2. Natural hazard mapping progress which emphasized the collaboration between munc., CA, and ministry of forestry and natural resources and minimized the role that CA have in the management of urban flooding (they are concerned with riverine flooding) but also individual property owners drive conservation of the source itself (don’t want to mess with the natural processes unless a problem is submitted?) BUT While river flooding is within CH jurisdiction municipal flooding is not. Mapping continues. More sadly, flood emergency response is done by the Ministry of Natural Resources (meaning conservation boards can only report). Natural channels left to owners of surrounding land.
  3. Watershed report card – the surface water quality 6 of 11 areas chemical concentrations were above the goal cap

They also recognized the role that forestry has on reducing contamination and helps create healthier watershed areas… but say they are working hard to even catch up to the human impact so hard to move the needle in the opposite direction.

They also had a lot of action items that were small scale developments or renovations which apparently is common around now. They were all passed without questions hopefully the ecological impact assessment is done at an earlier point in this process but I don’t know anything about it?

Grants are another success story: including $980,000 from the feds and $350,00 from the province for wetlands (go figure).

Overall, CH seems to be diminishing into a provider of outside recreation services.

GRCA – March 24th – Carolanne

Grand River Watershed Report Card Presentation, FYI.

Correspondence was received by Don Mclean et al, on the importance of wetlands.

A Permit Application #148/23 was presented to remove a small wetland in Cambridge, 0.1 ha, historically contaminated, and replace it with a 1.19 created wetland which includes a salamander breeding pool, and assurance is given this will not be a stormwater pond. Apparently an encampment in the past, owned by a developer, a residential subdivision planned. It carried.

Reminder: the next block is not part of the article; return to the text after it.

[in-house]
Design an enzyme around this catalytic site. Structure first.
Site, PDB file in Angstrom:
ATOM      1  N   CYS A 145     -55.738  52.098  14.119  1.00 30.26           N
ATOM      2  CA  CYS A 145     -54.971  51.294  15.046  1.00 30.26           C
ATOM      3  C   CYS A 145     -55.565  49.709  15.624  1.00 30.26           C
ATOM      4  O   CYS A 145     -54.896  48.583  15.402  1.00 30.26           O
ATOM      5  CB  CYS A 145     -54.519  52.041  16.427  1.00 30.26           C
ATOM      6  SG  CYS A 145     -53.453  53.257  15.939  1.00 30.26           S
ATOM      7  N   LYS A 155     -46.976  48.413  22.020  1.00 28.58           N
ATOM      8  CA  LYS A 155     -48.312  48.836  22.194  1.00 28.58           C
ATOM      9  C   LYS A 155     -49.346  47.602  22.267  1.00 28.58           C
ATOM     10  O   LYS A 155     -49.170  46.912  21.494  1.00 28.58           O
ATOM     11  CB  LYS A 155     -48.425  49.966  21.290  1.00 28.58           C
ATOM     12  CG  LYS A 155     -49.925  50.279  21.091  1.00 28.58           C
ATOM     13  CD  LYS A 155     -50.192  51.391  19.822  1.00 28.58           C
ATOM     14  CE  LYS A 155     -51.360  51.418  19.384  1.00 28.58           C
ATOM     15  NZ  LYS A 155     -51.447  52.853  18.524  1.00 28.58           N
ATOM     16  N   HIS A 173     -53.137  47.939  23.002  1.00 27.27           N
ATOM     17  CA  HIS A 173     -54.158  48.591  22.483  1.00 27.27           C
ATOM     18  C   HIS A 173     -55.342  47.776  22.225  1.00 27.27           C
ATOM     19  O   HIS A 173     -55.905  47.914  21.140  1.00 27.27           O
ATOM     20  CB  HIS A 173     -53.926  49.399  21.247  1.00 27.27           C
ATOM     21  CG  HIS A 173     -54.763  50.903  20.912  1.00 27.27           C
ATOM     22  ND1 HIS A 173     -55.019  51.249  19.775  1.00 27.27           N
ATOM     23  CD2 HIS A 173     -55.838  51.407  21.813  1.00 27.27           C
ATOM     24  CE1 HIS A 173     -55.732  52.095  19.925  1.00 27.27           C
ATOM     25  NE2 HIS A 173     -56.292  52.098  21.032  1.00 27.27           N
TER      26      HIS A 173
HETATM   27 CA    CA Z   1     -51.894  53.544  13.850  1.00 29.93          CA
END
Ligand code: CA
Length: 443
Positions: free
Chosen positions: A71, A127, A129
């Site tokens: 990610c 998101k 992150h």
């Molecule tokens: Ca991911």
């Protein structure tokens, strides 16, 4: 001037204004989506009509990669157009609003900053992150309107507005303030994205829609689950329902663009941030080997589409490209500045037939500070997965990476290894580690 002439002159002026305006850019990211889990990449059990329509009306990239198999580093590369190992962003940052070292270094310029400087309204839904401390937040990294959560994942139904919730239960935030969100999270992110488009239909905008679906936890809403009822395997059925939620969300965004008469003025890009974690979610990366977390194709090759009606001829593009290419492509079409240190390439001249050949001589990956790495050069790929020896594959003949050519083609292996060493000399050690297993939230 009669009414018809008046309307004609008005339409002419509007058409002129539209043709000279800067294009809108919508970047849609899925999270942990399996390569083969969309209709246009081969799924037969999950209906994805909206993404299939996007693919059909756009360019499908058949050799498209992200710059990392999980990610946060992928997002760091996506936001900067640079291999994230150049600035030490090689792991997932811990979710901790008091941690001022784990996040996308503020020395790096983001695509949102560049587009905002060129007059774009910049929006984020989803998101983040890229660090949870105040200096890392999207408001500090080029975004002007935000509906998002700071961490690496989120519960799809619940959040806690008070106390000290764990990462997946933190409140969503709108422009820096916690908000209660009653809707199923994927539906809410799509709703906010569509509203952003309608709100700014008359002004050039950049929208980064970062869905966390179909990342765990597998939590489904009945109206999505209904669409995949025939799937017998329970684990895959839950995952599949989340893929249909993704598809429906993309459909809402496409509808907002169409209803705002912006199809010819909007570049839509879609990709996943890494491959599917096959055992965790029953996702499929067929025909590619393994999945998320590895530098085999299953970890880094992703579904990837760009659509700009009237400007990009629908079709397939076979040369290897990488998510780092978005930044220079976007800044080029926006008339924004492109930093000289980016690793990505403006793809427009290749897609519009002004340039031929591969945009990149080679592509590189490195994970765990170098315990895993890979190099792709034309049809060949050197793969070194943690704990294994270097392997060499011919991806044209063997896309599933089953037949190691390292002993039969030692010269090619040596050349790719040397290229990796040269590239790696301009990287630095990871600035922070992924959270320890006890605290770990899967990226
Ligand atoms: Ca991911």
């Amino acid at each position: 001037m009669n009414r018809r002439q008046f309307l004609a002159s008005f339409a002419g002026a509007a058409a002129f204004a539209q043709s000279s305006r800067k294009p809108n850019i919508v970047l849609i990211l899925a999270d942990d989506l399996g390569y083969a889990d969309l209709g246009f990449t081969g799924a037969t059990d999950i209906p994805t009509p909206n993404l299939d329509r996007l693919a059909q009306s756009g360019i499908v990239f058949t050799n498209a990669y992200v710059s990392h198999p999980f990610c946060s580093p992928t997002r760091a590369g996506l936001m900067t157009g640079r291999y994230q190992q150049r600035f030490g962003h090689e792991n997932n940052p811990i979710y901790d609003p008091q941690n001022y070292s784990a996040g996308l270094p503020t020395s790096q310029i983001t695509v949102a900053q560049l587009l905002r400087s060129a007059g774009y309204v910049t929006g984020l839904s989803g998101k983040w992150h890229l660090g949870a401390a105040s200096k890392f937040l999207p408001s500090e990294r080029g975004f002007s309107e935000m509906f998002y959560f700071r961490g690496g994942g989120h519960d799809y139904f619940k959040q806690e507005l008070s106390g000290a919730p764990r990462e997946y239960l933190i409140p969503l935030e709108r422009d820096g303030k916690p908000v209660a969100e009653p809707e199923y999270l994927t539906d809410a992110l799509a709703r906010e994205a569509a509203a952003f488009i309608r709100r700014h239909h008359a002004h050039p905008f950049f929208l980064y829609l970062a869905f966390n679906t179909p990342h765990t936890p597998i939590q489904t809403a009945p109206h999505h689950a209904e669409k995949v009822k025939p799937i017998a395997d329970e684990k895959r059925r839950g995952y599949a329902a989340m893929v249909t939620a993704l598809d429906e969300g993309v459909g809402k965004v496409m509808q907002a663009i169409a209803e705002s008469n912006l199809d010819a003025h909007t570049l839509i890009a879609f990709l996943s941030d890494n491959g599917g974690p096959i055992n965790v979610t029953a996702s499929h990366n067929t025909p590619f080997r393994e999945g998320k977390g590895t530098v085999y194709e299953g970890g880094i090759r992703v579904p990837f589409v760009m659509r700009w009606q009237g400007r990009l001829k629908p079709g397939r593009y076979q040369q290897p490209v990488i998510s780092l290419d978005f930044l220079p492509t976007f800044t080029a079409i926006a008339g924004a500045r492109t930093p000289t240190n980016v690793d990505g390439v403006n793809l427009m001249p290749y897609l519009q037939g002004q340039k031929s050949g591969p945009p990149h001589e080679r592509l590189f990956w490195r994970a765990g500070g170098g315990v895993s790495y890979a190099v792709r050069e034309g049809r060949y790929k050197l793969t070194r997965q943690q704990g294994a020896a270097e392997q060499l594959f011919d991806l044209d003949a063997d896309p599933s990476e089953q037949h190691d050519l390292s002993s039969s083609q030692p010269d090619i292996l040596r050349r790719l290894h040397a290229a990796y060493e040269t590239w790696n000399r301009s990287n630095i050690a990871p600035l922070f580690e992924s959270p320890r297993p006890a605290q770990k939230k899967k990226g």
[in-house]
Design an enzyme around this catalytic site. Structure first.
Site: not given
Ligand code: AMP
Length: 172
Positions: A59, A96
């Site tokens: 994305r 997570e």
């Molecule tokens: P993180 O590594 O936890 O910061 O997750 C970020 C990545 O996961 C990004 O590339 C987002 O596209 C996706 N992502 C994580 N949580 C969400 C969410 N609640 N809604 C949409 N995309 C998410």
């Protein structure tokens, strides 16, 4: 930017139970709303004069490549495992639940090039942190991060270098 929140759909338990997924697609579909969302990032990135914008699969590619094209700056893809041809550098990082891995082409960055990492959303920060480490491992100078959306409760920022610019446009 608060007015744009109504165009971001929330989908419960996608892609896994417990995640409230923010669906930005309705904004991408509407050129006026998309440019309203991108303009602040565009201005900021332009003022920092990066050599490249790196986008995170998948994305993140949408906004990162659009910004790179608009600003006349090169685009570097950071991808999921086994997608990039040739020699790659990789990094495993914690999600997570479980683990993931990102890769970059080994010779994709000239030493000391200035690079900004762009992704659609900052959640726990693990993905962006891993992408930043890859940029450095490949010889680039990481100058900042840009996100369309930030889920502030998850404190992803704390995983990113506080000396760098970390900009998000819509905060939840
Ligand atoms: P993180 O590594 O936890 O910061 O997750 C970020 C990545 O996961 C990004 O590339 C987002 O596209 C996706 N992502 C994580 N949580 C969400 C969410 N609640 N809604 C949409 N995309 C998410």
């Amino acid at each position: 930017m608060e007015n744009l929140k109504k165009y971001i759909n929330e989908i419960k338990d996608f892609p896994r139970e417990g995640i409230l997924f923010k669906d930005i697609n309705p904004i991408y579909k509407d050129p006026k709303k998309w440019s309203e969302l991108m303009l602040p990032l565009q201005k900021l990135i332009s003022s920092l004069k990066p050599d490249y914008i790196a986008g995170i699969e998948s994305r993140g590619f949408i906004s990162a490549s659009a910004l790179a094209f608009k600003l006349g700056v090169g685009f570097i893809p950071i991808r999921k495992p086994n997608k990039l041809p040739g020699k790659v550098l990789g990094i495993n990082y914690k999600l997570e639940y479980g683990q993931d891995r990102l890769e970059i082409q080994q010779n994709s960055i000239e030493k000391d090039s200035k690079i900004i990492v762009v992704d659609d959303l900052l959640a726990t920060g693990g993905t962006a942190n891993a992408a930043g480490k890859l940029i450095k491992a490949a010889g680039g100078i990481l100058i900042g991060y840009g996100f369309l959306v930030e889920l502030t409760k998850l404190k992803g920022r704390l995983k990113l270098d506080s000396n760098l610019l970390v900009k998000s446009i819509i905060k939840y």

Lastly was the presentation on the GR watershed, that is worth watching, highlighting Forest conditions, Wetland conditions, Ground water quality and Surface water quality. It maps chloride, nitrate and phosphorus levels in the watershed, causes where levels are higher such as road salts, water softening, and over fertilization, and solutions in road salt programs and green tree legacy programs. It was informative.

NPCA – March 24th – Marie

  • Good news – The Niagara Beach has been closed for many years but has now been granted official re-designation and will be open this summer. The Niagara River has been monitored and undergoing remediation for many years. The Beach re-opening is the result of support from the US, Indigenous Peoples, and local communities. Tremendous Environmental Milestone!! Niagara-on-the Lake (NOTL) was a key partner to protect and restore water quality in the Niagara River. Remedial action started in 1987 but the real activity began in 2015 with and investment of $1M in remedial work, not counting staff. Eventually, want to de-list the entire Niagara River
  • Update on program, Trees for All: phenomenal uptake by the communities; has been extended for another month; 300 hectares have been identified for planting; will look for grants in June
  • Restoration Team is also looking at wetlands, striving for the 30% goal (30 x 30)

They are working on Conservation Areas Land Inventory and Strategy Initiation, laying the framework for when and how CA lands are updated in the next 10 – 15 years. All plans need to be updated.

Operational Asset Management Plans for Flood Infrastructure: they already have a good asset management plan so they will build on it.